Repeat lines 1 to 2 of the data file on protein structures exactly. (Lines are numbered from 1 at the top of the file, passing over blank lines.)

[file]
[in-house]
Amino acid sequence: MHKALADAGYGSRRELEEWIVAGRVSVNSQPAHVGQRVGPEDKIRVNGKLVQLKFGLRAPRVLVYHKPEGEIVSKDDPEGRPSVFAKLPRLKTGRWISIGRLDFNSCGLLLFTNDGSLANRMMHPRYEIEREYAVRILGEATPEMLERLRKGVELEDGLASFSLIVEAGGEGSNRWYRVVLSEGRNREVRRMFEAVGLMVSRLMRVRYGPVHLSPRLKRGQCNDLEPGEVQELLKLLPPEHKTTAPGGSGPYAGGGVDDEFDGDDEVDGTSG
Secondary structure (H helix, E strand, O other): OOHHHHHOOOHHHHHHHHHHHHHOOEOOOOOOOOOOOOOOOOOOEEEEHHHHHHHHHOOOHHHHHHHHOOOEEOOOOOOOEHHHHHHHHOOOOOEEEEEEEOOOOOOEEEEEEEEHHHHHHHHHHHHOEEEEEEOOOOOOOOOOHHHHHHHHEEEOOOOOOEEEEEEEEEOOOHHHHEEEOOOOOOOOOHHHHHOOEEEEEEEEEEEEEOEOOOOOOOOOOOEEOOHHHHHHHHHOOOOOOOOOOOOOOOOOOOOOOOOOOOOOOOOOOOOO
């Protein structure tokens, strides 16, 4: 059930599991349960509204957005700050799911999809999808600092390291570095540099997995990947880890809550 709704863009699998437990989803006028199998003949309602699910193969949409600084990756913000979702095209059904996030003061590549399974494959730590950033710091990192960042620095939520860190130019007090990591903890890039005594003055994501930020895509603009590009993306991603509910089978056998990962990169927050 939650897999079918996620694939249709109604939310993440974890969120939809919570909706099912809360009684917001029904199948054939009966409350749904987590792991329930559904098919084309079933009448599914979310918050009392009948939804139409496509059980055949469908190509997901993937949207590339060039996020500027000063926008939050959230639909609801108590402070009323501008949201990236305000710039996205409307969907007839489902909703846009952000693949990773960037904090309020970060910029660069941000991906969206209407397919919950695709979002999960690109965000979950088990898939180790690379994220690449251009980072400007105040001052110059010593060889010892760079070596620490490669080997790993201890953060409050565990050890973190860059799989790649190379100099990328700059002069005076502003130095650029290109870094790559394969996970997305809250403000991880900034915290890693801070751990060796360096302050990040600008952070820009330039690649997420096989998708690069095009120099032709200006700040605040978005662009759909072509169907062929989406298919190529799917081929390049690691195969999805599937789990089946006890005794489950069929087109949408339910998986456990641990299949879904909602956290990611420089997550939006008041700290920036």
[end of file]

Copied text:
[in-house]
Amino acid sequence: MHKALADAGYGSRRELEEWIVAGRVSVNSQPAHVGQRVGPEDKIRVNGKLVQLKFGLRAPRVLVYHKPEGEIVSKDDPEGRPSVFAKLPRLKTGRWISIGRLDFNSCGLLLFTNDGSLANRMMHPRYEIEREYAVRILGEATPEMLERLRKGVELEDGLASFSLIVEAGGEGSNRWYRVVLSEGRNREVRRMFEAVGLMVSRLMRVRYGPVHLSPRLKRGQCNDLEPGEVQELLKLLPPEHKTTAPGGSGPYAGGGVDDEFDGDDEVDGTSG